Wow. Good thing I decided to chase the belt on the treadmill this morning instead of hitting the concrete. Looks like the roads here in NE Ohio managed to accumulate a light layer of ice overnight. I don’t need to face that in the early a.m. on two feet or four wheels. So I’m better off plodding along on the ‘mill and catching up on the TV news.
Let’s see. The devastation — and entire situation, really — in Haiti is horrific. The special election for the Senate seat in Massachusetts is compelling. And the Jay Leno/Conan O’Brien affair is a debacle.
I’ll admit it. I don’t stay up late enough to watch either Jay or Conan — ever. I don’t recall seeing The Tonight Show hosted by either of them. Woot. So I don’t have an opinion on the relative merits of either as an entertainer. And I’m not sure that it really matters all that much who hosts The Tonight Show these days. David Carr had an interesting perspective in his NYT column yesterday, “It’s Not Jay or Conan. It’s Us.” He opines, in effect, that the audience has slowly been abandoning late-night TV for a variety of reasons — and that trend won’t change.
Maybe so. But beyond ratings, entertainment and egos here, I wonder if we are seeing an issue being played out very publicly that is also occurring in workplaces across the nation. It’s the idea of a generational shift — where one group leaves the workforce creating opportunities for younger workers.
For a variety of reasons — setbacks during the Great Recession, the imploding of the stock market and retirement savings accounts, longer life expectancies and so on — older workers are staying in the workforce longer. And with fewer jobs available overall — particularly full-time jobs that pay a decent wage with benefits — this has implications for those waiting in the job queue.
For instance, interesting article by Michael Winerip (“On Vacation and Looking for Wi-Fi”) in the Sunday NYT:
Even more striking to me is the government’s predictions about what is going to happen to us boomers in the workplace over the next decade as we reach what used to be considered retirement age.
A lot of us will go right on working.
In 1988, when the World War II greatest generation was hitting retirement age, 11.5 percent of people 65 and older were still working. By 2008, 16.8 percent of those 65 and older were working, and by 2018, when those 65 and over will be mostly boomers, 22.4 percent are expected to still be working, according to a new study by Mitra Toossi, an economist with the Bureau of Labor Statistics.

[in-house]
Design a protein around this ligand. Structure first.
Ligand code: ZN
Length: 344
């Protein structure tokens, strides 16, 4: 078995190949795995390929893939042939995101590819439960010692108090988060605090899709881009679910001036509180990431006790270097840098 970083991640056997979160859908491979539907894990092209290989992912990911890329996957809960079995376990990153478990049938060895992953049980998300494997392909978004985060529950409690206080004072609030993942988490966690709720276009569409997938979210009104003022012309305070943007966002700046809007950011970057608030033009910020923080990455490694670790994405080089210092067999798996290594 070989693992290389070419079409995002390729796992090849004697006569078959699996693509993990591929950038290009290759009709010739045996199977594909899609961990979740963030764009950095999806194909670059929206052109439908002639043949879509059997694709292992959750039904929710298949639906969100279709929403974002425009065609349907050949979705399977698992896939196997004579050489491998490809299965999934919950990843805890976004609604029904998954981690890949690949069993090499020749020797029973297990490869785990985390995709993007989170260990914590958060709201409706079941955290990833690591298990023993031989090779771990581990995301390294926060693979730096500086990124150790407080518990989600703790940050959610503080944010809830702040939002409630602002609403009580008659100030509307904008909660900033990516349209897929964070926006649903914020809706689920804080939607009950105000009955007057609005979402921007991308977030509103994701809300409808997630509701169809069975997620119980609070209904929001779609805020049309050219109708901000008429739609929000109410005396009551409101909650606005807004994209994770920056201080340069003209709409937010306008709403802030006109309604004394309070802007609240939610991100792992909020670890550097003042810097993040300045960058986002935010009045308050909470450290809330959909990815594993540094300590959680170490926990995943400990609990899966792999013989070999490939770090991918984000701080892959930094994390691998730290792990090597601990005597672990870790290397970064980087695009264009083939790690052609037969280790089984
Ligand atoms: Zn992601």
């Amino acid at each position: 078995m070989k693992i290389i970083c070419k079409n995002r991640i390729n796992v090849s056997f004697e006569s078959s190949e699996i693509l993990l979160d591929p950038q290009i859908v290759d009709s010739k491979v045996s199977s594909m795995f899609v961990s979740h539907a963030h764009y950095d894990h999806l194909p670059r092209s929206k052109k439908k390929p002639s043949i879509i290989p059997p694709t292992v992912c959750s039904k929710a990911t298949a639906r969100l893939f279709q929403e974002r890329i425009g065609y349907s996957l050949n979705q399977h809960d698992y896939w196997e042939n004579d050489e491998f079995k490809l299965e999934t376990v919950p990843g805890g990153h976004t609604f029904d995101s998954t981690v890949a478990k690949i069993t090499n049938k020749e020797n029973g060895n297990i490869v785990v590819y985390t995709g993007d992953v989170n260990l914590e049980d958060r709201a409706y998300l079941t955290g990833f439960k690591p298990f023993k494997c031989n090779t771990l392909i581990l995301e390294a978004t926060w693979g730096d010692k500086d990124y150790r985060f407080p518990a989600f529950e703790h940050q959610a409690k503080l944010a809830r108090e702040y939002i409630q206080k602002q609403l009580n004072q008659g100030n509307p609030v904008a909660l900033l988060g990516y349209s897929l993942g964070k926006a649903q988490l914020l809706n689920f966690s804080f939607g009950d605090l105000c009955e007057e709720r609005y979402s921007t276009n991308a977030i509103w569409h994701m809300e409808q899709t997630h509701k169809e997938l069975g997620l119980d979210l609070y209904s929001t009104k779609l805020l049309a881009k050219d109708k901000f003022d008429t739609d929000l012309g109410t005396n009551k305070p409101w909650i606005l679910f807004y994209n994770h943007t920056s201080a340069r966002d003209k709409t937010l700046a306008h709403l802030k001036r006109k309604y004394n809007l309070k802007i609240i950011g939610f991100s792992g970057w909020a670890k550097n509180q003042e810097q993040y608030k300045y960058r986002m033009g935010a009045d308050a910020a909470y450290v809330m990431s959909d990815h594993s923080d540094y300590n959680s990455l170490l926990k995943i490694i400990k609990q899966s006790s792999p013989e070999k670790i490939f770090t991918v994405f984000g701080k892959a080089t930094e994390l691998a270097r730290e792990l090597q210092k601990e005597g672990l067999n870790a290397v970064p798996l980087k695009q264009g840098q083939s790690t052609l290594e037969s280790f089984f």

She projects that by 2018, 14 percent of 79-year-olds — 1 in 7 — will still work, versus 6.1 percent in 1988 (1 in 16). “It is an amazing change in a short time,” Ms. Toossi said.
Some of this is good — we’re healthier and want to work longer. Some is social policy — a change is now in progress in the age when people are able to retire with full Social Security benefits, from 65 to 67.
And some is just really bad news. The economic downturn has depleted retirement and savings accounts and that means many will have no choice.
For the time being, lots of us are staying in condition to work until we’re 79 by keeping at it on vacations and weekends.
Before the Great Recession there was the notion that there would be a shortage of jobs in this country: baby boomers would retire in mass with fewer young people following them into the workplace.
And Jay Leno — or most anyone else for that matter — should not be forced to retire.
But the Jay and Conan debacle does point to some bigger national issues that we are still going to have to wrestle with — and they are more important that who hosts The Tonight Show.
It’s about jobs. It’s about the economy. And it’s generational.